Once the rigid plate 50 is fully retracted, the vacuum is released in chamber body 12. Lift pins 70 are moved through lift pin penetrations 56 in the rigid plate 50 and lift pin penetrations 66 in the flexible puck 60 to lift wafer 20 off of the flexible puck 60. The top clamp ring 88, gasket 86, upper lid 84, middle lid 82 and press plate 30 are removed and the wafer 20 is removed off of lift pins 70 for further processing.
A specific example is provided to further illustrate the method and operation of the apparatus. A wafer 20 having a nominal 1-5 micron thick deformable layer 22 consisting of a UV curable epoxy resin is placed on the flexible puck 60 within chamber body 12. Chamber body 12 is evacuated to a pressure of approximately 50 millitorr. A pressure differential is established across the bellows 40 by venting the bellows 40 to atmosphere to drive wafer 20 against press plate 30. A pressure of 100 psi is then applied to the wafer 20 for 1 minute at a temperature of approximately 50° C. to shape the surface of the epoxy resin to correspond to that of the pressing surface 32. The deformable layer 22 is then cured while in contact with press plate 30 by the application of ultraviolet radiation for approximately 15-30 seconds through a quartz optical flat used as press plate 30.
Those of ordinary skill in the art will appreciate that the present invention provides great advantages over other options for planarizing deformable surface layers. In particular, the subject invention is designed such that the pressure boundary does not have to be breached to operate the apparatus as is true with prior art designs. The subject invention also eliminates the need to use a pressure boundary as the supporting surface for the wafers. Also, the subject invention has the advantage of providing for the automated handling of the wafers, which was not present in the prior art. Thus, the present invention provides a significant reduction in the overall cost associated with the production of semiconductor wafers. While the subject invention provides these and other advantages over other planarization apparatuses, it will be understood, however, that various changes in the details, materials and arrangements of parts which have been herein described and illustrated in order to explain the nature of the invention may be made by those skilled in the art within the principle and scope of the invention as expressed in the appended claims.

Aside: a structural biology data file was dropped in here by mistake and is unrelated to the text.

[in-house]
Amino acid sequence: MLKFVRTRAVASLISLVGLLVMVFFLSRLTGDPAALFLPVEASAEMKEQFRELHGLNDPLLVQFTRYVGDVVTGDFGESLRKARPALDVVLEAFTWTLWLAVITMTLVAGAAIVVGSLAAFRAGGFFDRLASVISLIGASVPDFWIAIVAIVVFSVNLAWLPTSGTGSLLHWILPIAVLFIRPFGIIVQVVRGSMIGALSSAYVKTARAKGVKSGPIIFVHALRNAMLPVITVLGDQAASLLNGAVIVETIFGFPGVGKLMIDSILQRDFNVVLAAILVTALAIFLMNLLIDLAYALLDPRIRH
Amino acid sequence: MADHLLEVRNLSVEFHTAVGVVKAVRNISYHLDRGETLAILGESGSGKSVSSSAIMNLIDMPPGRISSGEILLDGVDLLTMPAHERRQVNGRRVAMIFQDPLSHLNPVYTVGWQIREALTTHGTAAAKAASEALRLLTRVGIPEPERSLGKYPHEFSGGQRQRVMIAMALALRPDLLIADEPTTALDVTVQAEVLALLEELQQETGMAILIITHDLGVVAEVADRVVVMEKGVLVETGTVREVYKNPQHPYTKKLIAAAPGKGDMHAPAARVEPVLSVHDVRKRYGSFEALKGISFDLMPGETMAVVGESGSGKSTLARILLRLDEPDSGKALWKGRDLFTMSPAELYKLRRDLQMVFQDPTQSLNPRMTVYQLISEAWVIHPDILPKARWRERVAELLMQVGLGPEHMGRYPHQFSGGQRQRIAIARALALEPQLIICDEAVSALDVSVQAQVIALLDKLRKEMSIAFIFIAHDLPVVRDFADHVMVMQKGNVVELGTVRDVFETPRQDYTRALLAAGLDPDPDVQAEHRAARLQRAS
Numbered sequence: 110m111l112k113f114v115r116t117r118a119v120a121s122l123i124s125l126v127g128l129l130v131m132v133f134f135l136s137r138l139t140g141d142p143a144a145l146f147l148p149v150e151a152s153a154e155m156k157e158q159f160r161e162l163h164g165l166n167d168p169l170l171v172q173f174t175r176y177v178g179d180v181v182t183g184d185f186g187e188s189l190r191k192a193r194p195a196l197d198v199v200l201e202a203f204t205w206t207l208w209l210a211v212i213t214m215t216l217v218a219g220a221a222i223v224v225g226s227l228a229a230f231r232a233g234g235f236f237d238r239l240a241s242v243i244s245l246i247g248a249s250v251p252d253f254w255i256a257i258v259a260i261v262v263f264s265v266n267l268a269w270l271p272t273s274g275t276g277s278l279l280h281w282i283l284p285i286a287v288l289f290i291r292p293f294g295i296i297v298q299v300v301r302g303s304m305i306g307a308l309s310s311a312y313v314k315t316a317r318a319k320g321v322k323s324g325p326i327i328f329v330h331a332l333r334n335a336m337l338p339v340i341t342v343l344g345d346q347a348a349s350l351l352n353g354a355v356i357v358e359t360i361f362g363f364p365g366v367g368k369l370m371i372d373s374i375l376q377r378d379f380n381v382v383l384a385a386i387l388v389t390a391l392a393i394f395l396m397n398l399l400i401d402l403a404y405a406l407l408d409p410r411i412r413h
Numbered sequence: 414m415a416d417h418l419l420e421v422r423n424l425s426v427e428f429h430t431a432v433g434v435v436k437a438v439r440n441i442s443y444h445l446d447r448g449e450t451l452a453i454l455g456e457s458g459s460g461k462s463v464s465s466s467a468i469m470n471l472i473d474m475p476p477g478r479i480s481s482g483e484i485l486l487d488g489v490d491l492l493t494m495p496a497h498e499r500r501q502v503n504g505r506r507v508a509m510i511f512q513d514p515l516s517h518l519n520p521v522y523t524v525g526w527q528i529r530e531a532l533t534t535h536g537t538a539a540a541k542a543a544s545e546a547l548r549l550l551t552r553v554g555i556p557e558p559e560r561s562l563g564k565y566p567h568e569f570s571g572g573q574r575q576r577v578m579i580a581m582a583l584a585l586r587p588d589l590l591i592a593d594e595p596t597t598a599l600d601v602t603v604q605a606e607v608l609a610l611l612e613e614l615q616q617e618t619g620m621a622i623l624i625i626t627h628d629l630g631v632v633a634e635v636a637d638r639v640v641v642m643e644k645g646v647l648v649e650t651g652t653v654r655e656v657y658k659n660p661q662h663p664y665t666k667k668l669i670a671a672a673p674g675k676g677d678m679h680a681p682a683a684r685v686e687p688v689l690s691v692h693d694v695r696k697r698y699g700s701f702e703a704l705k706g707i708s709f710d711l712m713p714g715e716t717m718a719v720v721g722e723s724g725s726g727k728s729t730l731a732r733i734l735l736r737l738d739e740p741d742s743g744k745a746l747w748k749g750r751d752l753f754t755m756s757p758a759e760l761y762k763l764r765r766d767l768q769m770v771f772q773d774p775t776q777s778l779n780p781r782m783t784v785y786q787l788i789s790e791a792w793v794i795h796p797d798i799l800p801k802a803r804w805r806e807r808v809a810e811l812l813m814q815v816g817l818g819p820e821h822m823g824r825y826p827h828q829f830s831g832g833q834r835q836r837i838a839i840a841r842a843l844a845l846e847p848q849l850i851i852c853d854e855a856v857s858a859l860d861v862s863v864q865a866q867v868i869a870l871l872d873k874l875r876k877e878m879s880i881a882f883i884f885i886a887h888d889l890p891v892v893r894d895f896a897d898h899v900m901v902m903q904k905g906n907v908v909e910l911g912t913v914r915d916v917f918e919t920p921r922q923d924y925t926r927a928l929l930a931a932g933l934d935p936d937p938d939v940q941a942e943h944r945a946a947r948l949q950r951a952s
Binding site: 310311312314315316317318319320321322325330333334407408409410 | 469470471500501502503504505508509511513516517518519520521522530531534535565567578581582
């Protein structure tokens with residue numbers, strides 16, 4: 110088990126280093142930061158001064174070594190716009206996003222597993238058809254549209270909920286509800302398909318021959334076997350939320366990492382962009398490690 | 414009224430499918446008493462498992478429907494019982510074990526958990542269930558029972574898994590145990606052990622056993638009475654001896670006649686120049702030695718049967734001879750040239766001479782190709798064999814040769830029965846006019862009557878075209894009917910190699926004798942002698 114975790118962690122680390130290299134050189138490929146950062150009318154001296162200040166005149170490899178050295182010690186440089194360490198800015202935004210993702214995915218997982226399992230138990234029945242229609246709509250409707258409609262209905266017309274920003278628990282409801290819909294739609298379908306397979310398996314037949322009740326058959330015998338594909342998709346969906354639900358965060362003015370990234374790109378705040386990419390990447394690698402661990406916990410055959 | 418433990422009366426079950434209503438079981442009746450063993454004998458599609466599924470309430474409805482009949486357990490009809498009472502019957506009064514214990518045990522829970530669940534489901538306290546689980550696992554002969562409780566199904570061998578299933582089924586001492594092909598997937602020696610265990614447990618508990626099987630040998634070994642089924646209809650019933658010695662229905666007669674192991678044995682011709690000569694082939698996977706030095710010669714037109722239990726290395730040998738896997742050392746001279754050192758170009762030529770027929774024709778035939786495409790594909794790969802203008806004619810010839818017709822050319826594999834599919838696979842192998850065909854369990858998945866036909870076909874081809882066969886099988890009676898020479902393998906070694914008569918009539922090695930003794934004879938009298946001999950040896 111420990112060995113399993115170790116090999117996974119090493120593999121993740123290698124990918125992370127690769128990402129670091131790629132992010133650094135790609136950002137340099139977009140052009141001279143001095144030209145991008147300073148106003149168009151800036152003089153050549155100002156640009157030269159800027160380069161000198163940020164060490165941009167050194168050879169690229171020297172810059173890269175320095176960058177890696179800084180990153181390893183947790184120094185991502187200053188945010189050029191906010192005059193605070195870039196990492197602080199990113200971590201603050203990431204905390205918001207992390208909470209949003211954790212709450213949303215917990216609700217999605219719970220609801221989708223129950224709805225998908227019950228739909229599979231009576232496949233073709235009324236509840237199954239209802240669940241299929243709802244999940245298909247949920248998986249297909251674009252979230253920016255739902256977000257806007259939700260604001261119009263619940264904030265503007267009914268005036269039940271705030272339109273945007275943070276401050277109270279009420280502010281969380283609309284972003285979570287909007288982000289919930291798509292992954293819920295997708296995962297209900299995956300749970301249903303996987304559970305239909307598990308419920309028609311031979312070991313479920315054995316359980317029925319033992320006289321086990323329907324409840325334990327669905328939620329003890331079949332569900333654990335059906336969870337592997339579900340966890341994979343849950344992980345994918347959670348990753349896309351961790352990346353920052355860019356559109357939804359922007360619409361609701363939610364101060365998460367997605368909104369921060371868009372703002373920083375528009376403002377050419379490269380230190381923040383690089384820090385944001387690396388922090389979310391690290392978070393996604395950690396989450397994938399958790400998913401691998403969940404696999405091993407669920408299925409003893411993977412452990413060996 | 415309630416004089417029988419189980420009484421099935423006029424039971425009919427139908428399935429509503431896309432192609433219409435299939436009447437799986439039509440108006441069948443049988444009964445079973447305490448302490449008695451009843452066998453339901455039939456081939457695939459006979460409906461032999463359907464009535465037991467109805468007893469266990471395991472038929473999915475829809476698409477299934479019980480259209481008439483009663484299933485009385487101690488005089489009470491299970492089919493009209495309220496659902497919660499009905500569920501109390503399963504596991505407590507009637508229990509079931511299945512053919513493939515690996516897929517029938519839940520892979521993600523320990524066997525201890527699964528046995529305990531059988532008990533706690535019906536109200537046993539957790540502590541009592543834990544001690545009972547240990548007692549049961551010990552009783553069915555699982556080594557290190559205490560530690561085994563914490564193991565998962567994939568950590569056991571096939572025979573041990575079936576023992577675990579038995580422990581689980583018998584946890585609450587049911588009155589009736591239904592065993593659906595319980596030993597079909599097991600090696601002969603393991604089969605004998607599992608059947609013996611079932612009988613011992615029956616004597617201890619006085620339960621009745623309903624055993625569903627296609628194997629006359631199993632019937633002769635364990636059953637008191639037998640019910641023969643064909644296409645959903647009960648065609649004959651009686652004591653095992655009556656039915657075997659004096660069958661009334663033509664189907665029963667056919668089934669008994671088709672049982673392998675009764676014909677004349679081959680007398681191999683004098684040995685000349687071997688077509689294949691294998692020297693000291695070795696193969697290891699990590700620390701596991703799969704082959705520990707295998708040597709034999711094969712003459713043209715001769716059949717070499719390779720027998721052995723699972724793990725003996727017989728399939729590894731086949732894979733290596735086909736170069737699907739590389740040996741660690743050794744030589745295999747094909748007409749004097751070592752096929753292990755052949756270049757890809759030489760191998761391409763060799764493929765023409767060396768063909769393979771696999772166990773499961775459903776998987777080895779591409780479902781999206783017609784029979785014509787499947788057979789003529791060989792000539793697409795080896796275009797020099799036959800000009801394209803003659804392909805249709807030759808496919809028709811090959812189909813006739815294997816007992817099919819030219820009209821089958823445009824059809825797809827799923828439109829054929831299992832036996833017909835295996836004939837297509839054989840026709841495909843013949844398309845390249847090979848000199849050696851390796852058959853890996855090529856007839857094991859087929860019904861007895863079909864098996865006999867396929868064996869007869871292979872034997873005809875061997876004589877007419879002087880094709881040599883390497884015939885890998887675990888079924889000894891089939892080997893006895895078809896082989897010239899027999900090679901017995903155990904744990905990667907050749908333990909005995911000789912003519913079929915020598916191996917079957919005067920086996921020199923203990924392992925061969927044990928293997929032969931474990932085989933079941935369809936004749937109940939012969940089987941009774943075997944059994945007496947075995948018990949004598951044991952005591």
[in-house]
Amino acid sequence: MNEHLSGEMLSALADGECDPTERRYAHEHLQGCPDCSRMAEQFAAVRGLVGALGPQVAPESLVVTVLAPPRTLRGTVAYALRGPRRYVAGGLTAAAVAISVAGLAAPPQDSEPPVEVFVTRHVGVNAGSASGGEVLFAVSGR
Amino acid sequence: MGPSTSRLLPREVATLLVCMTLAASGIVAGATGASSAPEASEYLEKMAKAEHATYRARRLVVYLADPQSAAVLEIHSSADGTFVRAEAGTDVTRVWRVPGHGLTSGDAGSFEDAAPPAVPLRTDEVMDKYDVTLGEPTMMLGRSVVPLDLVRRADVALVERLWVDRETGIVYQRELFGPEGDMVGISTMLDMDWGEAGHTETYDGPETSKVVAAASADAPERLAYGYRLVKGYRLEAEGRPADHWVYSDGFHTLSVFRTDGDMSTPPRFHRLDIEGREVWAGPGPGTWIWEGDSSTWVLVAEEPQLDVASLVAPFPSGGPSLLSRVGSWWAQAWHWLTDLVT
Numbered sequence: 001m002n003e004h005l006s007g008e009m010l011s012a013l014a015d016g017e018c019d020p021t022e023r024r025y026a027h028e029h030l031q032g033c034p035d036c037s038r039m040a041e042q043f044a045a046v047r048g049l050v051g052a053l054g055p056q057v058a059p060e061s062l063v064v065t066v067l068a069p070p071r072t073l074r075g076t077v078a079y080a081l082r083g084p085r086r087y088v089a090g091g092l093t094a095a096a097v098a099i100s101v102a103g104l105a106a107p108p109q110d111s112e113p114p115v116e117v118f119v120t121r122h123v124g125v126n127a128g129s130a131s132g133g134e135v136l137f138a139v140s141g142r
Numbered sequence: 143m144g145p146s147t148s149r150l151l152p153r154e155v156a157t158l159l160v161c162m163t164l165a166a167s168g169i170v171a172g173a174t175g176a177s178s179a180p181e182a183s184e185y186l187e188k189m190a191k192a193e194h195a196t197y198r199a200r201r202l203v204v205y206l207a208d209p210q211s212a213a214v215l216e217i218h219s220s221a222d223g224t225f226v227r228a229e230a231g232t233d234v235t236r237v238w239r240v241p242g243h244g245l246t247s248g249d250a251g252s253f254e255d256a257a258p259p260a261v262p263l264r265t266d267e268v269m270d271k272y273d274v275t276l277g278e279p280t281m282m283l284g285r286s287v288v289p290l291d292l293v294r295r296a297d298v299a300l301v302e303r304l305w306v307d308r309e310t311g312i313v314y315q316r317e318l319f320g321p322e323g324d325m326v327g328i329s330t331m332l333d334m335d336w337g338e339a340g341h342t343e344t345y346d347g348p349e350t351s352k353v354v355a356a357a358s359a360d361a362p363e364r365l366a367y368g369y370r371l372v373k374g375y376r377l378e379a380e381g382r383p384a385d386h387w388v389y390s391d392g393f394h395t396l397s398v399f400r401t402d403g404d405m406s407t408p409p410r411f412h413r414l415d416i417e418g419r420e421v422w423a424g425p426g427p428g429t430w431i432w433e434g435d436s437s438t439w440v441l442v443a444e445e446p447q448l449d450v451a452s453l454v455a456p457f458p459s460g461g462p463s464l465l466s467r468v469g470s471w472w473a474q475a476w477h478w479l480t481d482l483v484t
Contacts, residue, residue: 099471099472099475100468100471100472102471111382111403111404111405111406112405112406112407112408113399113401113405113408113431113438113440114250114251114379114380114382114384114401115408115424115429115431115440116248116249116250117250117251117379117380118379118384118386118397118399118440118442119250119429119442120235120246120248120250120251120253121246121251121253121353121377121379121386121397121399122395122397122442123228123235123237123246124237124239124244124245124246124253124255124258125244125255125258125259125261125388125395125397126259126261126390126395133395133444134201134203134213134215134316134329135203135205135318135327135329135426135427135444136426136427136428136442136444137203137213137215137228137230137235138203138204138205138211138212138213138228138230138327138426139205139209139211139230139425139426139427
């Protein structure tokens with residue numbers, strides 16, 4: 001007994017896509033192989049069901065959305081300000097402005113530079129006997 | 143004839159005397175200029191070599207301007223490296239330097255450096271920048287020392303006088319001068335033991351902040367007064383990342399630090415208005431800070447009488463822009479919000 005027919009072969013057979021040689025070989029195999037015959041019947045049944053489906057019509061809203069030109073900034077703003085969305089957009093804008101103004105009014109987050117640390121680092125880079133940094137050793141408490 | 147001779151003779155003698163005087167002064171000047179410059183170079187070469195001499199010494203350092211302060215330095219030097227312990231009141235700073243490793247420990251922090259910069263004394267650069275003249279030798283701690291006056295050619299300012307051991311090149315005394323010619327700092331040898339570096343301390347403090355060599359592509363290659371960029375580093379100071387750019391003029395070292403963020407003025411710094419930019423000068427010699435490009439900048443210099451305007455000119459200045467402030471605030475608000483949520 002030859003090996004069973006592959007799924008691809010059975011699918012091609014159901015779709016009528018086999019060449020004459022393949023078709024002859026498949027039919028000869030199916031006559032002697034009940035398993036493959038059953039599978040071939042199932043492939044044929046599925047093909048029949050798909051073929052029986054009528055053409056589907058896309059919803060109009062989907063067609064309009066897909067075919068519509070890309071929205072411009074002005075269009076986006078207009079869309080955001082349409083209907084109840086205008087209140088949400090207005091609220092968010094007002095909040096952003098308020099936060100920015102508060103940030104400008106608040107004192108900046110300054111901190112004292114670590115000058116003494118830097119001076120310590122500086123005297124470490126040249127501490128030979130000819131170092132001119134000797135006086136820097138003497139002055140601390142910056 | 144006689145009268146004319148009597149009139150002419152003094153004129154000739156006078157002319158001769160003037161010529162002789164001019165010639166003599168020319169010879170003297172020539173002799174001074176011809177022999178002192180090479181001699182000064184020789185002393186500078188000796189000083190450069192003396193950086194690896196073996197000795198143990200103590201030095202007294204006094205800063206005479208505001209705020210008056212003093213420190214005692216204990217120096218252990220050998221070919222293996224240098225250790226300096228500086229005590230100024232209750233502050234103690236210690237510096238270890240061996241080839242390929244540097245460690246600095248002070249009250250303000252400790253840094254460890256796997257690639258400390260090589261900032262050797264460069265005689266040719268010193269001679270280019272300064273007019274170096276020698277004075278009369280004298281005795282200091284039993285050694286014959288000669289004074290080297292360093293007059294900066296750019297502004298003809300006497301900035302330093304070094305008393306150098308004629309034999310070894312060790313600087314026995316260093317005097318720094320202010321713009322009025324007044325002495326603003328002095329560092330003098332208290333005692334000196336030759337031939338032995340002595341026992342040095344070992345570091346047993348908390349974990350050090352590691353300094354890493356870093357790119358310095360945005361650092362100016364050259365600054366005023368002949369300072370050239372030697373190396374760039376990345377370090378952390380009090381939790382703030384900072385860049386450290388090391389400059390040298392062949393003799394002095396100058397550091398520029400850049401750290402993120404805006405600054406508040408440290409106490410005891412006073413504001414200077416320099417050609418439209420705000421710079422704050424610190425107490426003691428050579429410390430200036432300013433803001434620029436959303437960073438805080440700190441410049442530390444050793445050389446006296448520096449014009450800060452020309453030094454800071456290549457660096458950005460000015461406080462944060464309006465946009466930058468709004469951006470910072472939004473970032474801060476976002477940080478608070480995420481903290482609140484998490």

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|U.S. Classification||438/691, 156/345.12, 438/690, 216/38|
|International Classification||B29C43/56, B30B15/06, B30B1/00|
|Cooperative Classification||B30B1/003, B29C43/56, B30B15/061, B29C2043/561, H01L21/68785, B29C43/32, H01L21/68757, H01L21/68742|
|European Classification||B29C43/56, H01L21/687S20, H01L21/687S8, H01L21/687S12, B30B15/06B, B30B1/00D|
|10 Aug 2004||CC||Certificate of correction|
|29 Jun 2007||FPAY||Fee payment|
Year of fee payment: 4
|4 Jan 2010||AS||Assignment|
Owner name: ROUND ROCK RESEARCH, LLC,NEW YORK
Free format text: ASSIGNMENT OF ASSIGNORS INTEREST;ASSIGNOR:MICRON TECHNOLOGY, INC.;REEL/FRAME:023786/0416
Effective date: 20091223
Owner name: ROUND ROCK RESEARCH, LLC, NEW YORK
Free format text: ASSIGNMENT OF ASSIGNORS INTEREST;ASSIGNOR:MICRON TECHNOLOGY, INC.;REEL/FRAME:023786/0416
Effective date: 20091223
|29 Jun 2011||FPAY||Fee payment|
Year of fee payment: 8
|4 Sep 2015||REMI||Maintenance fee reminder mailed|
|27 Jan 2016||LAPS||Lapse for failure to pay maintenance fees|
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Effective date: 20160127